House on Fire (Nick Heller Book 4)
January 21st, 2020
House on Fire by Joseph Finder brings back private investigator Nick Heller. This story of greed and family dynamics follows the relatives who have a vested interest in a pharmaceutical company that manufactures Oxycontin and Oxycodone. Finder brilliantly explores how these drugs can be addicting, but also shows the other side, those patients that need the pills to cope with their pain.
“I wanted to show how serious a crisis is the Opioid addiction. I did want to show both sides. It is perfect for veteran Nick Heller. Because of his military background he would know people who the Opioid crisis has affected. The problem is that someone who stops taking Opioids and then starts up again can overdose. They will not be used to taking the same amount as they had before. Nick is unsure if Sean died from a suicide or relapsed. I spoke with a couple of Special Forces personnel and those who treat vets to get it right, but also make the story feel real.”
The story opens with Nick receiving devastating news: his old army buddy Sean has died of an overdose. Sean, who once saved Nick’s life, became addicted to opioids after returning home wounded from the Afghanistan war. While at the funeral Nick is approached by one of the daughters, Susan Kimball, who wants him to find a devastating piece of evidence that shows her family’s pharmaceutical company knew the drug was addictive. Posing as her latest boyfriend, he attends a family gathering at the Kimball estate, where Conrad Kimball supposedly has the only copy of the Oxycontin and Oxycodone drug trial that was buried because of its explosive contents. While there, Nick runs into one of his old flames who was hired to find the matriarch’s will. Nothing goes as planned and to make matters worse after someone is killed, Nick realizes that the family members will do anything to protect their dynasty.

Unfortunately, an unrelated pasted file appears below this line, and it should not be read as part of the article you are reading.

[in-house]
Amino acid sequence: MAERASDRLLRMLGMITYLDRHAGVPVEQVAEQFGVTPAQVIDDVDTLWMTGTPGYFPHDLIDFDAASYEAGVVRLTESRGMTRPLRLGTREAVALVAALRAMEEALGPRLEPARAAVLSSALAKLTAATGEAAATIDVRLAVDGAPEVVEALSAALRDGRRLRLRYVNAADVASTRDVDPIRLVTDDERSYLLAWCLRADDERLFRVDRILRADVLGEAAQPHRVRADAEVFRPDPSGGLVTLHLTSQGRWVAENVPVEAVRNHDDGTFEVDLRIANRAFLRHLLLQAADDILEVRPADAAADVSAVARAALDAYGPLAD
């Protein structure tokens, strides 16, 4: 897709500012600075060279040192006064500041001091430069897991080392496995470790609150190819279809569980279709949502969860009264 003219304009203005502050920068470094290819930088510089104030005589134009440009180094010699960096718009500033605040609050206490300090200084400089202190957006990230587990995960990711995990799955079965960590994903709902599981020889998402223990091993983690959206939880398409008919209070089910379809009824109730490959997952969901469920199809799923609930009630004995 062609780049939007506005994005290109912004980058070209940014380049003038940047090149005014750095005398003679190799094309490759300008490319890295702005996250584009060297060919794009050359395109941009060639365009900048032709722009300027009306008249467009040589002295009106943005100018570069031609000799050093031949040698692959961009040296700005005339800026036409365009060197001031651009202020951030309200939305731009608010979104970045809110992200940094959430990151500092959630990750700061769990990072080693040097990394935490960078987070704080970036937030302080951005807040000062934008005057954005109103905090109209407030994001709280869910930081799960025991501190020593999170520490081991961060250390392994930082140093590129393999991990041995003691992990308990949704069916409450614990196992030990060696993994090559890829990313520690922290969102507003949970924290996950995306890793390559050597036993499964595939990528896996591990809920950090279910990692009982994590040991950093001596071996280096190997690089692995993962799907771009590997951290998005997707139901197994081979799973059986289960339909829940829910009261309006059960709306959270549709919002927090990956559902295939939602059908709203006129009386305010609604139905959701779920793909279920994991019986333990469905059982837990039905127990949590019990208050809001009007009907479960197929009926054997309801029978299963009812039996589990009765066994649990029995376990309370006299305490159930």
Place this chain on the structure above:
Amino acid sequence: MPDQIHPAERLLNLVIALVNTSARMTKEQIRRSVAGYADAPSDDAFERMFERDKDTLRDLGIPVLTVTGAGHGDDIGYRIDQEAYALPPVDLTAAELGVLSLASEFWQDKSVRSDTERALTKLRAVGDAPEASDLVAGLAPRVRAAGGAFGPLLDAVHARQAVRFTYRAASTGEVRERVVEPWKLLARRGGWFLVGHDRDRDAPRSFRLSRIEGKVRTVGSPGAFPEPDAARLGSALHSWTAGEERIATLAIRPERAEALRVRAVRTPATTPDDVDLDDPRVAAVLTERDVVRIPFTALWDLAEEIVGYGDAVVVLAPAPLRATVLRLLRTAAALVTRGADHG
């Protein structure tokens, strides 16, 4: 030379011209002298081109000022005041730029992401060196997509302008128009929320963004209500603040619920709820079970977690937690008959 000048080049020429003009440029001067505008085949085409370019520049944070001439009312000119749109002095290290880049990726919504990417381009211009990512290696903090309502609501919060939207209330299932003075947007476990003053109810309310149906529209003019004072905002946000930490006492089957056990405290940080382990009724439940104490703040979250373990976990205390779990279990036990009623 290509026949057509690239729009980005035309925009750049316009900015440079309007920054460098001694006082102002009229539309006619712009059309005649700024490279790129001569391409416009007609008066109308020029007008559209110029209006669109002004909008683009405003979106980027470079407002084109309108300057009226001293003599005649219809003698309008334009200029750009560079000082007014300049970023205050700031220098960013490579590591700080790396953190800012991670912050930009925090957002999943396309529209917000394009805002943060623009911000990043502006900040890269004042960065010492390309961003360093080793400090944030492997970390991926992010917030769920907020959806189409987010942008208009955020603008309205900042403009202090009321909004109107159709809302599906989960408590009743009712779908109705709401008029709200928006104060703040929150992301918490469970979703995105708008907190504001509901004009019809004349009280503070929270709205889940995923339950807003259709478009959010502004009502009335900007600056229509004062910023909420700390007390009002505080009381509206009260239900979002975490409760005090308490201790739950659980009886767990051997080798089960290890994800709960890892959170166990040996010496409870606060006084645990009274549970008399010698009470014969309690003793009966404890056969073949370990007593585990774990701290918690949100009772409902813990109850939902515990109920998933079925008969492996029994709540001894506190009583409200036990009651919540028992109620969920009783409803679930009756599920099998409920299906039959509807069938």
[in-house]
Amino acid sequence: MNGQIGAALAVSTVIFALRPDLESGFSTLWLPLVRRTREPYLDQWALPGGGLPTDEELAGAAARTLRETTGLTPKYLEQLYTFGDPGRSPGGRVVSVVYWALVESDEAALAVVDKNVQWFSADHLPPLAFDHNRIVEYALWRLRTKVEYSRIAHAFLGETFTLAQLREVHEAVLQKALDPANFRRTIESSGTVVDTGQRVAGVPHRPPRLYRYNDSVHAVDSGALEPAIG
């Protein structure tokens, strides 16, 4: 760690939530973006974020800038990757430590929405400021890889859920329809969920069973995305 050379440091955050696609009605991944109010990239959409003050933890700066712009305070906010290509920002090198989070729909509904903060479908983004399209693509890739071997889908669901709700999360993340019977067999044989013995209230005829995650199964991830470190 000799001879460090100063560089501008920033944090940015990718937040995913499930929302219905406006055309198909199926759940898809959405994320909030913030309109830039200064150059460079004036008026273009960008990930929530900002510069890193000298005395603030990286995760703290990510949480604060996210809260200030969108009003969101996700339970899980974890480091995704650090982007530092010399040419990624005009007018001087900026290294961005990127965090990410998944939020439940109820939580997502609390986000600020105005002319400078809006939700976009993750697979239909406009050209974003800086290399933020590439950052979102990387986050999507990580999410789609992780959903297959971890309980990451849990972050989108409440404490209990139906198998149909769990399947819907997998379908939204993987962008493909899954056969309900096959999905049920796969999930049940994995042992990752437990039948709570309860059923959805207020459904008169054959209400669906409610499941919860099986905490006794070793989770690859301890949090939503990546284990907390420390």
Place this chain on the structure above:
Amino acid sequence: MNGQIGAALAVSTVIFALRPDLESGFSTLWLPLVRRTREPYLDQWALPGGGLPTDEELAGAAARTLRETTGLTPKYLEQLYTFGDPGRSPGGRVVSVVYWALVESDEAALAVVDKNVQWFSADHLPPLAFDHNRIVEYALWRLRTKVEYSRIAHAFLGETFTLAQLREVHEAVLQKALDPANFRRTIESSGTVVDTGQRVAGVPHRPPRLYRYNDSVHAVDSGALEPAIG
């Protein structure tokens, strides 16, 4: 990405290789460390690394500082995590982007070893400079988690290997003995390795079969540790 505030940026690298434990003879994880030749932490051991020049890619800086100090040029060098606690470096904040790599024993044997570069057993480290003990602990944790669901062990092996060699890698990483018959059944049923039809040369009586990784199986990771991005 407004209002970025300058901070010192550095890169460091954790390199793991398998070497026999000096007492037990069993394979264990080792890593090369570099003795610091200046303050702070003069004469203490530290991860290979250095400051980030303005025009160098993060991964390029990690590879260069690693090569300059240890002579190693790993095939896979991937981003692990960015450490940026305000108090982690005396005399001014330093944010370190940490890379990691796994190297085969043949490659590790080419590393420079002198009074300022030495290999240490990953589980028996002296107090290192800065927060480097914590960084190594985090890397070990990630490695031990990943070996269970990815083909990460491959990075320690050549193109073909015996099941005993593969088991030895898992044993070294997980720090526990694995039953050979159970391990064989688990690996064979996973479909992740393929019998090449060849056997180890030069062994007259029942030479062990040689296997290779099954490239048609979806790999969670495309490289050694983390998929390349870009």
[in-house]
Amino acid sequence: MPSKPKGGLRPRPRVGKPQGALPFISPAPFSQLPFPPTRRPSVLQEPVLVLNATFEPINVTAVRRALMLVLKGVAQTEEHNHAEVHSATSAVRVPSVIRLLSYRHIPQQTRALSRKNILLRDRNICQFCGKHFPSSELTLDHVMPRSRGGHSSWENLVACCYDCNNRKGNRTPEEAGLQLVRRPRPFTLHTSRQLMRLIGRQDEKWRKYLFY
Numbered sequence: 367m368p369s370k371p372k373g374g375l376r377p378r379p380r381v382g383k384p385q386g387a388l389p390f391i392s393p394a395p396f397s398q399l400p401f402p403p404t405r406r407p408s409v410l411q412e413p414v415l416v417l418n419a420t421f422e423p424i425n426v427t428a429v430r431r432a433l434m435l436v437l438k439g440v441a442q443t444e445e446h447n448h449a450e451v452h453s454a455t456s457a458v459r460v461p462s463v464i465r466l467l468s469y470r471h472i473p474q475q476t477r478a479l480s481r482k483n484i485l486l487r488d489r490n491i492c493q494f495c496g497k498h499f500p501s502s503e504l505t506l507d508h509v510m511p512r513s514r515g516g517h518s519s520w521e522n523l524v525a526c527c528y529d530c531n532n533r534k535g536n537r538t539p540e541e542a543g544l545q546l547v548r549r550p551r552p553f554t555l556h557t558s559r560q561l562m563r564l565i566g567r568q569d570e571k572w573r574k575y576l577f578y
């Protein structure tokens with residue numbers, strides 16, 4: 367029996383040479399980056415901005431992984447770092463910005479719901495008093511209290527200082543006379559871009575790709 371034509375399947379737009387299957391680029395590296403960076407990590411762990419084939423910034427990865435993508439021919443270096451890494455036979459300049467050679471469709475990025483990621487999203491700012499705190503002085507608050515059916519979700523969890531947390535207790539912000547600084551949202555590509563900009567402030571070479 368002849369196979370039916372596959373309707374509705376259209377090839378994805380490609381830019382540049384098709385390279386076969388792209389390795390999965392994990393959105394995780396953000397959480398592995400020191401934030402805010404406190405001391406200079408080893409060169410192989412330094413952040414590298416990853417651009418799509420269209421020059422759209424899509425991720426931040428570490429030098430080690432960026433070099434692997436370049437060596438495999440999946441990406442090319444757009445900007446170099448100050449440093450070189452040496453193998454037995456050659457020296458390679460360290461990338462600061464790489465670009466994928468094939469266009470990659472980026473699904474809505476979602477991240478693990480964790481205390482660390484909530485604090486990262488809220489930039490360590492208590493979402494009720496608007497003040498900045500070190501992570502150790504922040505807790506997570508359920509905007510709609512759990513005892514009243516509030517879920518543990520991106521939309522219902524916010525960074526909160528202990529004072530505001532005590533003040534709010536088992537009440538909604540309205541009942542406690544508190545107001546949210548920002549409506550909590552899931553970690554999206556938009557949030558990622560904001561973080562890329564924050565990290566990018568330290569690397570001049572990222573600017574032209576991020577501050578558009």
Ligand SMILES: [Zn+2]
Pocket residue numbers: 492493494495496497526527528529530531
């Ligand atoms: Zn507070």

This thrilling plot has readers on the edge of their seats as the tension increases with each page. Although all of Finder’s books are captivating the Nick Heller stories seem to be a notch above.